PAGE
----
Juggling college courses and work responsibilities are tough for students, but it can be done. Keeping to a schedule, sticking to a budget, easing into tasks, and making time for your personal life will help you maintain balance and avoid burnout.
Make and Keep Your Schedule
As a working student, know that you’re not alone in your situation. The U.S. Department of Education reports that more than 78 percent of undergraduate students work, and about a quarter of students work full-time. Time management is one of the most critical skills that you’ll need as a working college student. Whether you’re working a few hours a week or taking on a full-time, 40-hour-per-week job, managing your time is a necessity for success.
Start by outlining your class schedule and expected workload outside of class time. From there, look for the open times that you can work on. When you receive your course syllabi, you can add due dates, exams, and other important dates to your schedule. This helps you visualize potential weeks that could cause conflicts in advance.
Before you accept a job, make sure that the supervisor over the position will offer some flexibility for your schedule. If you won’t have any wiggle room, such as during midterms and final exams, it may not be a good fit for you while you’re in school. Don’t forget that you’re a student first. It doesn’t make sense to spend thousands on tuition, housing, books, and other living expenses, only to devote more of your time and attention to your job.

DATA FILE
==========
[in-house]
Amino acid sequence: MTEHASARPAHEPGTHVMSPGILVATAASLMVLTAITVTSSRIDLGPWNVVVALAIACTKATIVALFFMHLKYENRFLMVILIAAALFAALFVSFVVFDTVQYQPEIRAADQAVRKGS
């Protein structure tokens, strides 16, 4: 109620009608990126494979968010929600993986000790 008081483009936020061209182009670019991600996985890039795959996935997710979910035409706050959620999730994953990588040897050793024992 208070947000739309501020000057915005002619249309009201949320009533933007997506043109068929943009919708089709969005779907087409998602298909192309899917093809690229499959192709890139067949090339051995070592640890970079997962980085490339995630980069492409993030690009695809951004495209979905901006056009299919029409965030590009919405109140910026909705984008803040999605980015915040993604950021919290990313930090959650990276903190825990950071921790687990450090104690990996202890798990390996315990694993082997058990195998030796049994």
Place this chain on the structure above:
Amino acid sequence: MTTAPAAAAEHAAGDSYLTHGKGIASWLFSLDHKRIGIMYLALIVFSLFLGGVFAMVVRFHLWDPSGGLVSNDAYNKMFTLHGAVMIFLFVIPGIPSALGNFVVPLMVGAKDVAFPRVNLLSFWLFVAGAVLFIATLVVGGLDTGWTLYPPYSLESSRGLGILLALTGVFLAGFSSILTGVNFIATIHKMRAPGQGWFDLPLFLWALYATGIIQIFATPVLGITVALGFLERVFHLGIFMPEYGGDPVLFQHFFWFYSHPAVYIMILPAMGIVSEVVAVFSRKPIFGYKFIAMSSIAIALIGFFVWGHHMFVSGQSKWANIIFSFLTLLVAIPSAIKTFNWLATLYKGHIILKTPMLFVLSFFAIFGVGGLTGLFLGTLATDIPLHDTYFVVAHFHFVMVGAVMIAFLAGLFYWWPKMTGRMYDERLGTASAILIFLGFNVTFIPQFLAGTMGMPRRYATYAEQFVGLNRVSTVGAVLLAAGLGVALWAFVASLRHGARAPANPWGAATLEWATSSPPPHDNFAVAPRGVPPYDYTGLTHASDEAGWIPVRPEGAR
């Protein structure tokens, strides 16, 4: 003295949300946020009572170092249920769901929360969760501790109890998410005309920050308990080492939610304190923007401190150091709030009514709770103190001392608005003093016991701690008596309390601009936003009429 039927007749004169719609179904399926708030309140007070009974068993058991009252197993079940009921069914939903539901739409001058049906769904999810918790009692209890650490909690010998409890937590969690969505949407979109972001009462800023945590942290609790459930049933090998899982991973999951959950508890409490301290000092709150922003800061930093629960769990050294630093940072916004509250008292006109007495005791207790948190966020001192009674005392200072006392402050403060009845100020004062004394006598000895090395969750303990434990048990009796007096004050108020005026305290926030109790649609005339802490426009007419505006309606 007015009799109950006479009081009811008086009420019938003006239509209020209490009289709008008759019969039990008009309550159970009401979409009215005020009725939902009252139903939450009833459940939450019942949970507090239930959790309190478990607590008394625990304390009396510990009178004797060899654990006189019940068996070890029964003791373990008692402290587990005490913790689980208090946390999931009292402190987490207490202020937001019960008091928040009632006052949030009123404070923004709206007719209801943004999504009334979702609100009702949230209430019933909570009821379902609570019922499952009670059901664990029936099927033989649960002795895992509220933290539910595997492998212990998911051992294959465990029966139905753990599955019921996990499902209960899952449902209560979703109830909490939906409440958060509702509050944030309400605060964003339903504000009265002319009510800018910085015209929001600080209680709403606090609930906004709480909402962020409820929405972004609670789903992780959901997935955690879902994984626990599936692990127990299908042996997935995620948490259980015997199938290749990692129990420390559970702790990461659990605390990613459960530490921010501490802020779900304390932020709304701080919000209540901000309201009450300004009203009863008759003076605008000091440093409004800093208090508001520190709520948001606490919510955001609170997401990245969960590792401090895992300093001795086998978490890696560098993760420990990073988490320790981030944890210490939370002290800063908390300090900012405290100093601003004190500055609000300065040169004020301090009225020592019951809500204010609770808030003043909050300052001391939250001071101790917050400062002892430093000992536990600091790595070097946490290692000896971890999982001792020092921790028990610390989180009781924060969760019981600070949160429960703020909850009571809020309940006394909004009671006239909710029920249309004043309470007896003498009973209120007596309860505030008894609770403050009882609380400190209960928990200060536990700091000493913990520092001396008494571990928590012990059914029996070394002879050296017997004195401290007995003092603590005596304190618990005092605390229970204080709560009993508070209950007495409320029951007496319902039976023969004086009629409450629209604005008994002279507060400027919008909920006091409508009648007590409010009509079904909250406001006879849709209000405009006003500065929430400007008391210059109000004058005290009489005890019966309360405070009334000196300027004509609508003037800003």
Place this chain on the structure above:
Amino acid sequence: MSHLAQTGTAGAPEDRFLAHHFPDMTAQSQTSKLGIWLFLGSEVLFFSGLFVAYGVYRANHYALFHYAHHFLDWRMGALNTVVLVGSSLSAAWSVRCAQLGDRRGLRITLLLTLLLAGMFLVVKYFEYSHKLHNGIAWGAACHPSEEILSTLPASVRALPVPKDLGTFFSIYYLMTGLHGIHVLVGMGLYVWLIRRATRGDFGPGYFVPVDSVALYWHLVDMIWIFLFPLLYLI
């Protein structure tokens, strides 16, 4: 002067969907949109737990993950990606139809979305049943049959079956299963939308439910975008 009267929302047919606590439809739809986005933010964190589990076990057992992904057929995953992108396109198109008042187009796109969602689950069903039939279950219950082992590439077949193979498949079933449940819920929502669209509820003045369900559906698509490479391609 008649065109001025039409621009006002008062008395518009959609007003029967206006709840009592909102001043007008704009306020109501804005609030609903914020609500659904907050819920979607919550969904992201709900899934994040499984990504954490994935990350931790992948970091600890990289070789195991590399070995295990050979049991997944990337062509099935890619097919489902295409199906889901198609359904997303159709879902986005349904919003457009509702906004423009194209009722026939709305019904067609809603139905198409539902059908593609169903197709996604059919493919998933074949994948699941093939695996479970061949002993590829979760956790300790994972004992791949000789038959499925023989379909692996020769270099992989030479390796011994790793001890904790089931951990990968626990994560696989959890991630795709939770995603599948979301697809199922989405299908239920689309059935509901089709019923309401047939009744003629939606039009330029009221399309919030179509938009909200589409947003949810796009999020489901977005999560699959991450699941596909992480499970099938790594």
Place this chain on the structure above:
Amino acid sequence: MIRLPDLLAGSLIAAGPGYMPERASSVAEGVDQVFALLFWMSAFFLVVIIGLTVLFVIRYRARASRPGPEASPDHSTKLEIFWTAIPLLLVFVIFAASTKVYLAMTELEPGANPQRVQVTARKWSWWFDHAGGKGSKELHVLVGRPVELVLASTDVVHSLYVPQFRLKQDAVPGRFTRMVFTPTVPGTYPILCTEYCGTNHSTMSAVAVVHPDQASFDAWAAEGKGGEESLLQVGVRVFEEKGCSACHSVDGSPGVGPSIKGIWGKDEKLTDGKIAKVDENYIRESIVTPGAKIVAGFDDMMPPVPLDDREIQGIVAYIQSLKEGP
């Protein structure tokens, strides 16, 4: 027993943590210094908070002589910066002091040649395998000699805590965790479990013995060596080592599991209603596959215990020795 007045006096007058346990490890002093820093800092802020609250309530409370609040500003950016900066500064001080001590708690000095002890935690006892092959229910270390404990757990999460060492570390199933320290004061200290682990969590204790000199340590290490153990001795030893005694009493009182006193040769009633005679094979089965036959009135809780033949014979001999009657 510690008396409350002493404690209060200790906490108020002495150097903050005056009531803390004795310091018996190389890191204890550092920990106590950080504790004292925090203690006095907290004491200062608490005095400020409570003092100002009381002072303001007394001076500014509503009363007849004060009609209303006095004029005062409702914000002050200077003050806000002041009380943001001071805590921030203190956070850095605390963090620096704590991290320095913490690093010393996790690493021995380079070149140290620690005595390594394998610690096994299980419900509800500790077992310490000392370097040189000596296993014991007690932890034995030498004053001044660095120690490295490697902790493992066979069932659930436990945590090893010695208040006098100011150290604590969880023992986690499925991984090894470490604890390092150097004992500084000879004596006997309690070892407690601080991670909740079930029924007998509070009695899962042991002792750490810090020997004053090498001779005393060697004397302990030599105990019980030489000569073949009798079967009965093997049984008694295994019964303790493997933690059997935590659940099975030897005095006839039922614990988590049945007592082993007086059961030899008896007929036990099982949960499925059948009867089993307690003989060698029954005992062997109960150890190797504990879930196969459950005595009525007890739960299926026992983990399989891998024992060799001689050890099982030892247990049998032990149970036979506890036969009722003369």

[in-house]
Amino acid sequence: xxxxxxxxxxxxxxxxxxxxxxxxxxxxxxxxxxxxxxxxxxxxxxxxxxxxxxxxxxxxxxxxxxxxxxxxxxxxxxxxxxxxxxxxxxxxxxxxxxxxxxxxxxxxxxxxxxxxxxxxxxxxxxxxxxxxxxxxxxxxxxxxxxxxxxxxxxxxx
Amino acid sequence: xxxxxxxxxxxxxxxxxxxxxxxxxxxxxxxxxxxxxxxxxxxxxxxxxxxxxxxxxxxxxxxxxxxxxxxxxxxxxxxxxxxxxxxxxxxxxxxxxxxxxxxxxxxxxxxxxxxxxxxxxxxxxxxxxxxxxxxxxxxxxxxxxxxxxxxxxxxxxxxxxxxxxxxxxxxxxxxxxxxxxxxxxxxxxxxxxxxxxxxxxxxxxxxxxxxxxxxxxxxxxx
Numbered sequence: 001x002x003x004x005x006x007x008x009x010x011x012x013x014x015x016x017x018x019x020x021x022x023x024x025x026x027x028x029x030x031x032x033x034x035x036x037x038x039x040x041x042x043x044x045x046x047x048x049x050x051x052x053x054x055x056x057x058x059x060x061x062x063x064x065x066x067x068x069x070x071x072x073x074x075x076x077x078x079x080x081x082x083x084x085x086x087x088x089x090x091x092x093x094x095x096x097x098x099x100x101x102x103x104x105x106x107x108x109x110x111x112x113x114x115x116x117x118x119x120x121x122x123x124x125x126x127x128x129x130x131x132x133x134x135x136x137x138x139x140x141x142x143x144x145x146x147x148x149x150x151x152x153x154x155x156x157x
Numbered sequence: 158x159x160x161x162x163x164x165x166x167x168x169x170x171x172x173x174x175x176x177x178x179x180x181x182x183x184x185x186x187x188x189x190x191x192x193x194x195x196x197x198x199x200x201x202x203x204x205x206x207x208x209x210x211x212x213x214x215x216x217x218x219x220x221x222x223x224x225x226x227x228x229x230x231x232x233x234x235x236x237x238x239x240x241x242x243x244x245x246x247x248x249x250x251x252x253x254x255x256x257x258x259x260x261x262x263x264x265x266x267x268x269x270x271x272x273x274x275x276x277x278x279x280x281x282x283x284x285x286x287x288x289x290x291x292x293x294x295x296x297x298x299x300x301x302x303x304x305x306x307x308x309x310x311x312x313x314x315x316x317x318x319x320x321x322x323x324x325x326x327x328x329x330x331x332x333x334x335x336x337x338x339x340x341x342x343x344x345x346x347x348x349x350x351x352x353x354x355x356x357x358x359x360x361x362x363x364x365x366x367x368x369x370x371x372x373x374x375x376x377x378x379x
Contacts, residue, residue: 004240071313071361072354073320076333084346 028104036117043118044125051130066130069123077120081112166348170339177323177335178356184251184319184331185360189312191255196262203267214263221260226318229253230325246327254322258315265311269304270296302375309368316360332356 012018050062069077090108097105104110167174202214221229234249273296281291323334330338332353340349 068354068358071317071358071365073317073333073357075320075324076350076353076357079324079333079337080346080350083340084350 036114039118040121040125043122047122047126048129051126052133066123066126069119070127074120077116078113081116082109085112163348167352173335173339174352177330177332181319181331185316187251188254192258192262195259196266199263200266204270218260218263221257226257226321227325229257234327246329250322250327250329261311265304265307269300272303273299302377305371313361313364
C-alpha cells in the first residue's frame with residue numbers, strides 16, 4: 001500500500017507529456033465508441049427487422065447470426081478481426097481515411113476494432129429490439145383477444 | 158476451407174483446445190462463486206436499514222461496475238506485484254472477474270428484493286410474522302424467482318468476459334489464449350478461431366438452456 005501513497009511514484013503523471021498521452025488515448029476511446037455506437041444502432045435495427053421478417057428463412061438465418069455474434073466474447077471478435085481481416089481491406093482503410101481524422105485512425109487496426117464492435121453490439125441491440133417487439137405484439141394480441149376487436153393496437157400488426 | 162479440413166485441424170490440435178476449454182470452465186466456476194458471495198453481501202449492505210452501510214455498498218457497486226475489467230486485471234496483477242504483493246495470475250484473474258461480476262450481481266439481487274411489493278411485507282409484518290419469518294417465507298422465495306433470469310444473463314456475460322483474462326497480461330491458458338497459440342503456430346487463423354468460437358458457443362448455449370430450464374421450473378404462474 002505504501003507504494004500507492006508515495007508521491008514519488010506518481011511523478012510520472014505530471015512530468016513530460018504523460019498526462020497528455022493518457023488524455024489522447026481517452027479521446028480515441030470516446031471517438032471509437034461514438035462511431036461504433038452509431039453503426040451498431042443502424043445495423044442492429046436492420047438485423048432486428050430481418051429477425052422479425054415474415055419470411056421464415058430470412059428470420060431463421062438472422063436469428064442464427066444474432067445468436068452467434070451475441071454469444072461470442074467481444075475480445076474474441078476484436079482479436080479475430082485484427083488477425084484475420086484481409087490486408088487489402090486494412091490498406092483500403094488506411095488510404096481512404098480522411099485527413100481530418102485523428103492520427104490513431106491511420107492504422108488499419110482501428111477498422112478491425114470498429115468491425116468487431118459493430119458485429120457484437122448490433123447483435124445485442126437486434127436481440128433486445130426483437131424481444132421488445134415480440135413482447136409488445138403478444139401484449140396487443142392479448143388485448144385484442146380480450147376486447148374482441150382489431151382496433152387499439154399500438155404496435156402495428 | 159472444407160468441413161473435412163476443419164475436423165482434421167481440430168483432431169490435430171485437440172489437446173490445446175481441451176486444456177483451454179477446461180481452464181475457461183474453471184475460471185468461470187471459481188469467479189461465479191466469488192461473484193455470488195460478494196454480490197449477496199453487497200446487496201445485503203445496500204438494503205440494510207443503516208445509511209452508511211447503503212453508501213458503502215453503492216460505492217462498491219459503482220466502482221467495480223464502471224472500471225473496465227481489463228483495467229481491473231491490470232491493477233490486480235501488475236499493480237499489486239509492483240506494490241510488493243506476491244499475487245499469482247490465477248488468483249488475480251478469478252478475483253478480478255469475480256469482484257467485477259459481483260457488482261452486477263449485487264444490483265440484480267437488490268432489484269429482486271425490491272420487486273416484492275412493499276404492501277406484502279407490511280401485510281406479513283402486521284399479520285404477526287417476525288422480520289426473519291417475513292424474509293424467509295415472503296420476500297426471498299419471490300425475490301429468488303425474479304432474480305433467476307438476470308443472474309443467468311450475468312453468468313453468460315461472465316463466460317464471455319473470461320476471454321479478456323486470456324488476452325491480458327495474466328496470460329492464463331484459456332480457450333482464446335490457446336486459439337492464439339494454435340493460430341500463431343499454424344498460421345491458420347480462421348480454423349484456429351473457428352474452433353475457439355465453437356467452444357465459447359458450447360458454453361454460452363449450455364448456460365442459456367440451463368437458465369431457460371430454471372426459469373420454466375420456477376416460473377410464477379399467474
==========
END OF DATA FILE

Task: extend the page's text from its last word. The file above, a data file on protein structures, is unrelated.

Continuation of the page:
For many new college students, this period of their lives marks the first time they’ve been fully responsible for their own expenses. Creating a budget might not be an easy task, especially if you’ve never had to worry about money in the past. However, as a working student, creating and sticking to your budget is crucial.
Get started on your budget by listing obligatory expenses, such as housing, tuition, books, utilities, and food. From there, you can figure out how much you have leftover for your phone bill, entertainment, and other non-critical expenses. The last thing you want to do is overspend and spread yourself too thin. Stick to the essentials, so you don’t have to work longer hours to pay your credit card bill.
Ease into Your Tasks
As you get started with school and a new job, take things slowly. It’s better to talk to your supervisor about increasing work hours than it is to request a cutback in your responsibilities. You know yourself, so be honest about what you can handle; don’t go crazy with extracurricular activities, a long list of classes, and a full-time job.
Make Time for Yourself
When you’re running from work to class and back to work, you’ll burn out quickly. Everyone needs time for themselves, whether to catch up with friends or just grab a quick power nap. Don’t overschedule yourself to the point where you don’t have any free time. You won’t have much fun during the time of your life that should be exciting and memorable.
When you find the right balancing act, you can achieve success as a working student.